This invention may be embodied in other forms or carried out in other ways without departing from the spirit or essential characteristics thereof. The present embodiment is therefore to be considered as in all respects illustrative and not restrictive, the scope of the invention being indicated by the appended claims, and all changes which come within the meaning and range of equivalency are intended to be embraced therein.
What is claimed is:
. 1. A process for purifying the benzene dicarboxylic acid prepared by the oxidation of a reaction mixture comprising a dilute solution of a methyl benzene compound in a lower fatty acid having. 2-4 carbon atoms containing minor portions of water, a methylenic ketone and a cobalt salt of a 2-4 carbon atom containing lower fatty acid which comprises heating the said benzene dicarboxylic 'acid together with the reaction mixture in which it was prepared at a temperature of 225-260 C. for at least ten minutes and at least autogenous pressure, crystallizing the thus purified benzene dicarboxylic acid by cooling below C. and recovering the said purified terephthalic acid.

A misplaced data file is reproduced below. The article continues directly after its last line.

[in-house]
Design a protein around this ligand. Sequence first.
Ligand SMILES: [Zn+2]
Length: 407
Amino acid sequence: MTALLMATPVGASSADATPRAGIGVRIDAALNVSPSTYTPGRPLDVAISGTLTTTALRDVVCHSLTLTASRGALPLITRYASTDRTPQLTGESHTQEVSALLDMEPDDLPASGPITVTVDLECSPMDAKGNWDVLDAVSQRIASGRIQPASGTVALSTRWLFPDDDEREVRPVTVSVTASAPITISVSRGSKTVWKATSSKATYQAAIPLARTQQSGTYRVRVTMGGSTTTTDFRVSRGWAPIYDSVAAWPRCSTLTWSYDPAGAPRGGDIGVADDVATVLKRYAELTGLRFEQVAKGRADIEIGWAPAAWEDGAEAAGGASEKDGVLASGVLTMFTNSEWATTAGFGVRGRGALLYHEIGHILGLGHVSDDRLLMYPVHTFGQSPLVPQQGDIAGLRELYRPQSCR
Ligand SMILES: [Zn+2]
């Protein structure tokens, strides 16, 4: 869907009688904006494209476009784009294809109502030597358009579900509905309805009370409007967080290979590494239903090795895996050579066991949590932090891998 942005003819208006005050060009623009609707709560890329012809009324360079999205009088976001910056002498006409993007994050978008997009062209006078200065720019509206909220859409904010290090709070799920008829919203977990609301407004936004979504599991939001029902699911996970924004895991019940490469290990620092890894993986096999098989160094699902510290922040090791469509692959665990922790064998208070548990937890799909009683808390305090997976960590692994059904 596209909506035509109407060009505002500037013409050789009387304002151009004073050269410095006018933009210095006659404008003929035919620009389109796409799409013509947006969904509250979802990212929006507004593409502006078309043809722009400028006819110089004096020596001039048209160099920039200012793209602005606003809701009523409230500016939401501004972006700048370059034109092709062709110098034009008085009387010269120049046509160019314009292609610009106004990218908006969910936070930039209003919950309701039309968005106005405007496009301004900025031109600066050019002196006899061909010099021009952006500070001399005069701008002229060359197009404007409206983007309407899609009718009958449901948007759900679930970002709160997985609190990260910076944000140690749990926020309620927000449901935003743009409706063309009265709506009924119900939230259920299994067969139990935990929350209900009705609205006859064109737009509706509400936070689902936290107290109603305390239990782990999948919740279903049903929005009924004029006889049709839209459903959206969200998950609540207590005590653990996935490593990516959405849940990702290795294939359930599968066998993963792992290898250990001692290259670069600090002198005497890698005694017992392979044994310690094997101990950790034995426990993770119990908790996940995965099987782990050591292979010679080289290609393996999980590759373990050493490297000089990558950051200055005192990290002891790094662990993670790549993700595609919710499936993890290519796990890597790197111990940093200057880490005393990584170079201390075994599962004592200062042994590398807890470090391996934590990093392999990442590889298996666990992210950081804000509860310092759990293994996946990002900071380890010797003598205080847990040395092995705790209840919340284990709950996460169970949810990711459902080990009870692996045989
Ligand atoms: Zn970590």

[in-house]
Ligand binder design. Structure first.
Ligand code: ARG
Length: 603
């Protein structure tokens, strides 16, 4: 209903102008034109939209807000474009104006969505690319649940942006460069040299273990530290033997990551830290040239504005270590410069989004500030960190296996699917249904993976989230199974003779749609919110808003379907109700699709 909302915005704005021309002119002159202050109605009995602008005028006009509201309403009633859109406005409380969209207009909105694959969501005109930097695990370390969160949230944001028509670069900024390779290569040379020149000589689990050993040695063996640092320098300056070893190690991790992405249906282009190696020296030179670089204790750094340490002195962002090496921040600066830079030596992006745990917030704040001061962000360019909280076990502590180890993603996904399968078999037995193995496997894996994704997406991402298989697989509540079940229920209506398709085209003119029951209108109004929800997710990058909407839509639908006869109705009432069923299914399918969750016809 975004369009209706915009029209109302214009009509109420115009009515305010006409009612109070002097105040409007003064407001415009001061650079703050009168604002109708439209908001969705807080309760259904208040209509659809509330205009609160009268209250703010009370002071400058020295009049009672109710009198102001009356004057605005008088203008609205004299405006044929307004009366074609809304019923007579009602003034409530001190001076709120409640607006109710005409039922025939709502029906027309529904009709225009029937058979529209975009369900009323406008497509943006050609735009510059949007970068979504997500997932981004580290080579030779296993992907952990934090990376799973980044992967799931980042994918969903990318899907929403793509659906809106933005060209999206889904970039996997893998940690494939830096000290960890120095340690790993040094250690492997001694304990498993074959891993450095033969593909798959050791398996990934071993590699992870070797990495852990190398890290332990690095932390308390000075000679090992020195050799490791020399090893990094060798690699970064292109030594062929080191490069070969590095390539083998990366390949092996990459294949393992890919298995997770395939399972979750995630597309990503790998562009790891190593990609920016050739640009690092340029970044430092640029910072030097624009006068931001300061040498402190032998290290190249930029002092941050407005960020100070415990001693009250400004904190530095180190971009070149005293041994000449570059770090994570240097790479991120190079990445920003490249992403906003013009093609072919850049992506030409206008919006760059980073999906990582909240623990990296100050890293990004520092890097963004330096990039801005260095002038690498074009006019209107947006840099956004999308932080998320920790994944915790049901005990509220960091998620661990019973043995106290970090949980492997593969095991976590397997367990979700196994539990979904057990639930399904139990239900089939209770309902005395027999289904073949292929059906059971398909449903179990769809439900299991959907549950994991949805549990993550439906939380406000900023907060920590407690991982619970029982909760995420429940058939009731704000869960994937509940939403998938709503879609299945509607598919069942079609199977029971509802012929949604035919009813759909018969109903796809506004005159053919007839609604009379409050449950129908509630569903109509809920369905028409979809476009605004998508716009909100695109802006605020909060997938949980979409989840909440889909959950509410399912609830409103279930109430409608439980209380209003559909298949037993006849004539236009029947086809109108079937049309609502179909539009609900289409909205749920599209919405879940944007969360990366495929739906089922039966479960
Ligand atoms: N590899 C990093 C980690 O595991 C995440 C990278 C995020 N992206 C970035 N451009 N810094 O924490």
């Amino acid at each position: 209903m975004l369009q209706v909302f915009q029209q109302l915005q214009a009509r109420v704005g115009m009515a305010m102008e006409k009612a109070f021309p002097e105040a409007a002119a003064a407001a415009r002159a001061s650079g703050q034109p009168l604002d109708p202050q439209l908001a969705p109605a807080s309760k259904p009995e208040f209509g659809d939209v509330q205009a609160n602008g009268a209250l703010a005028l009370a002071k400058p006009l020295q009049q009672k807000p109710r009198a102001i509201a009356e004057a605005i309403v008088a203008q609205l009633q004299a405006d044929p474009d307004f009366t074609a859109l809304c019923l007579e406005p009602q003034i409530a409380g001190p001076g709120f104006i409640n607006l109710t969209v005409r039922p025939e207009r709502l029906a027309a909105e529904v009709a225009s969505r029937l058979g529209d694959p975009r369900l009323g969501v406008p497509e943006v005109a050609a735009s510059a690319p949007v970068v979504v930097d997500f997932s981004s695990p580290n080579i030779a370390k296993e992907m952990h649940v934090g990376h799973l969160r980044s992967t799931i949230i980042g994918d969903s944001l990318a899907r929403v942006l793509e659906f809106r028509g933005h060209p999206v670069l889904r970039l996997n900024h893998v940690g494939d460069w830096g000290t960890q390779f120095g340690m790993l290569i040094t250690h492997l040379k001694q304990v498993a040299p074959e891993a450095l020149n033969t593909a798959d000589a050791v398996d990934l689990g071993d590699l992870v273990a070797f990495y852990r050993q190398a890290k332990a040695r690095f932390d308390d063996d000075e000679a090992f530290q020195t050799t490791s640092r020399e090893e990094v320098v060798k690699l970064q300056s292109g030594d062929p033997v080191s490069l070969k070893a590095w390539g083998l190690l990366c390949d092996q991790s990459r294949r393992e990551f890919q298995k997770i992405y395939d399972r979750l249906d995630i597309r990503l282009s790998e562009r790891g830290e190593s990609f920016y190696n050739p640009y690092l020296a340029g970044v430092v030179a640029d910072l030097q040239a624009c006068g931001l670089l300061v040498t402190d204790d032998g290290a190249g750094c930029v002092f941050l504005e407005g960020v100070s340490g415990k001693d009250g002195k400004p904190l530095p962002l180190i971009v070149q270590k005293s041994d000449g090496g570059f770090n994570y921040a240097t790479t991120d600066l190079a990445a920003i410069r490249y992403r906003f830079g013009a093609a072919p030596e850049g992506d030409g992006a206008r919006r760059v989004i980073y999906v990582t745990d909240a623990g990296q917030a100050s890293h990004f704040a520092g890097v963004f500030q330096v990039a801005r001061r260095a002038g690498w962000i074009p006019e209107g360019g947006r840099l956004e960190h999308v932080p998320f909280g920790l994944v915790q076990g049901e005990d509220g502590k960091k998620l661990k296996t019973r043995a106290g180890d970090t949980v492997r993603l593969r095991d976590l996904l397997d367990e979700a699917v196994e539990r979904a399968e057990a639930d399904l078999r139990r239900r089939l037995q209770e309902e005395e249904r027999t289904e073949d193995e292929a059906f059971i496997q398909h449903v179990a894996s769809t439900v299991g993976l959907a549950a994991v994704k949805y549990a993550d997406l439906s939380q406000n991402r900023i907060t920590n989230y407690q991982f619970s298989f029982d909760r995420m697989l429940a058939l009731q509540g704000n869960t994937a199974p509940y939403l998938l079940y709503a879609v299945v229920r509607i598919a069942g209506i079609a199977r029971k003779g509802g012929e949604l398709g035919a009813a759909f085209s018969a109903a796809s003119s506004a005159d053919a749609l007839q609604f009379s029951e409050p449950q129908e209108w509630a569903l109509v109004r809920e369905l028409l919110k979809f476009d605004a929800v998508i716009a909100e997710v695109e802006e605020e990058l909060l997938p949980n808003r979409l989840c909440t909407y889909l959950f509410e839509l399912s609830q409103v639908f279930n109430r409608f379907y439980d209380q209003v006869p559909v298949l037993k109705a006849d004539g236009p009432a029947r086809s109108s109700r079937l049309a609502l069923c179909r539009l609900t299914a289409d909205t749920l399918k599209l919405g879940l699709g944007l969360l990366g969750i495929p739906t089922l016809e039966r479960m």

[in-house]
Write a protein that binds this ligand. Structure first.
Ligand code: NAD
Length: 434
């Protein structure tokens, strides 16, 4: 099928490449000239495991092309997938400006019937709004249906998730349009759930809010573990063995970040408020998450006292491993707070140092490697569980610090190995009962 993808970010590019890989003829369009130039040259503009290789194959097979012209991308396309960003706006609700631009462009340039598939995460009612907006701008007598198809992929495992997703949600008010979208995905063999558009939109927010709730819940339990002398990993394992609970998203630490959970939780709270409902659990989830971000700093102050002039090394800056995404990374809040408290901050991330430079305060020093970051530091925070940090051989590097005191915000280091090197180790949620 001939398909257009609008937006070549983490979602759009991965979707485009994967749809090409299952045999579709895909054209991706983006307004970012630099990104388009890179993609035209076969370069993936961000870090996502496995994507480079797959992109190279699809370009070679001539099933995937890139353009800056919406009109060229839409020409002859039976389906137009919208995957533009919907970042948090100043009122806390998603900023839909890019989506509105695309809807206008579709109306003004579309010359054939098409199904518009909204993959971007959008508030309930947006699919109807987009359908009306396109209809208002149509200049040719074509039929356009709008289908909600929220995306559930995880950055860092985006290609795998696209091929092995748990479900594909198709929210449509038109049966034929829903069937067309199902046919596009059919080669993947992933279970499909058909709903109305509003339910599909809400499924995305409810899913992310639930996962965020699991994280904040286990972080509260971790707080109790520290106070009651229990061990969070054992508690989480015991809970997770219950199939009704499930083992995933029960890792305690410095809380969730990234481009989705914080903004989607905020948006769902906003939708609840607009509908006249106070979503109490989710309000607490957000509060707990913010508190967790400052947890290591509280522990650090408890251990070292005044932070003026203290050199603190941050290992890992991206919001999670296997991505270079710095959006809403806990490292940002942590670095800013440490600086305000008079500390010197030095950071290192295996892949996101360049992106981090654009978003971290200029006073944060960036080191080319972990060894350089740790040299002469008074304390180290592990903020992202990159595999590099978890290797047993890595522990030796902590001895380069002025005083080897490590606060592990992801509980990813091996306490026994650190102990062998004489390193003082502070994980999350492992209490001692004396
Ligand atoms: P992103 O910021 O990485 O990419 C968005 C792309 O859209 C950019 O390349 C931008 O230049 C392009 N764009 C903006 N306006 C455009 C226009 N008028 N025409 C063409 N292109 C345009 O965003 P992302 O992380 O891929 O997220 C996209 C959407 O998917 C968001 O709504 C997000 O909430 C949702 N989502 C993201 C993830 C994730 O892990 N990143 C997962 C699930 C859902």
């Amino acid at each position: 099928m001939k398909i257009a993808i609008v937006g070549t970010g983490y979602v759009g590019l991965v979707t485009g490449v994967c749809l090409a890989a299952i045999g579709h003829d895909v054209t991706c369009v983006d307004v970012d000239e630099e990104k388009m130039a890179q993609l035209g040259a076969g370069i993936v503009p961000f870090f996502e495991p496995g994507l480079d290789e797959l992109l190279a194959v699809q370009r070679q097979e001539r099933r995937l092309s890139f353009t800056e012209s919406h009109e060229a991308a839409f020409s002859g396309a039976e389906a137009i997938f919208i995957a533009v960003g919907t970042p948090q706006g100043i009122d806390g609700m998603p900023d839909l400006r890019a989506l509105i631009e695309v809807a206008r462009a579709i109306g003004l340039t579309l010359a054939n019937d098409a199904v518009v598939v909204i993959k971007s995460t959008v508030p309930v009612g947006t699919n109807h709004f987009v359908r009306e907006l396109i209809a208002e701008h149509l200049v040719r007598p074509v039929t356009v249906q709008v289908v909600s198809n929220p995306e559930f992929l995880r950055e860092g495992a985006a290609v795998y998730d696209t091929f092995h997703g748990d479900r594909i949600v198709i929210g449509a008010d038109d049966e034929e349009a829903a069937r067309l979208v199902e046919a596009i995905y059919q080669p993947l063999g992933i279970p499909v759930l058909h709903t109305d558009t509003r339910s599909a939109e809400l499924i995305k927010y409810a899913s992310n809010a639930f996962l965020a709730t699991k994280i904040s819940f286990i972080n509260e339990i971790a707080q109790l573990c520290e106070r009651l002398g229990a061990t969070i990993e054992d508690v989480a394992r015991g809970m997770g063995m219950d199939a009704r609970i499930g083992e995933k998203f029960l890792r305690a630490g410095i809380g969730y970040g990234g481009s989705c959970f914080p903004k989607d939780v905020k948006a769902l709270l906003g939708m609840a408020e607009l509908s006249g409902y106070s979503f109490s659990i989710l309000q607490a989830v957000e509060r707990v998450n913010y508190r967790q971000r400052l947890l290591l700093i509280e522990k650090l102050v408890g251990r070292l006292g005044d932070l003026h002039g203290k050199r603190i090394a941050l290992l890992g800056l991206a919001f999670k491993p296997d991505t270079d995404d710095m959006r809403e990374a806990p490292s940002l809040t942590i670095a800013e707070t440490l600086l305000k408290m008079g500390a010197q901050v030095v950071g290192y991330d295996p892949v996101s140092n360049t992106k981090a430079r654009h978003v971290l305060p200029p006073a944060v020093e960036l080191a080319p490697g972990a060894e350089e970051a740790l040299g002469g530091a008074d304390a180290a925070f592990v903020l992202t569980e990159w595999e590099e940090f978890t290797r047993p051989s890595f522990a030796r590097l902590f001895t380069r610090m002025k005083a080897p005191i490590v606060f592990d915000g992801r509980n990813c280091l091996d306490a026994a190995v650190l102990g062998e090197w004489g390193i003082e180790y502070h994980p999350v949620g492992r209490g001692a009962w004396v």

2. A process for purifying the terephthalic acid prepared by the oxidation of a reaction mixture comprising a dilute solution of p-xylene in a lower fatty acid having 2-4 carbon atoms containing minor portions of water, a methylenic ketone and a cobalt salt of a 2-4 carbon atom containing lower fatty acid which comprises heating the said terephthalic acid together with the reaction mixture in which it was prepared at a temperature of 225260 C. for at least ten minutes and at least autogenous pressure, crystallizing the thus purified terephthalic acid by cooling below 170 C. and recovering the said purified terephthalic acid.
3. A process according to claim 2 wherein the terephthalic acid is further purified by washing with acetic acid followed by water and drying.
References Cited in the file of this patent UNITED STATES PATENTS Heath et a1 June 10, 1958 Brill Sept. 23, 1958 FOREIGN PATENTS Great Britain Oct. 19, 1955 Great Britain Aug. 28, 1957 Great Britain Oct. 23, 1957 Great Britain July 22, 1959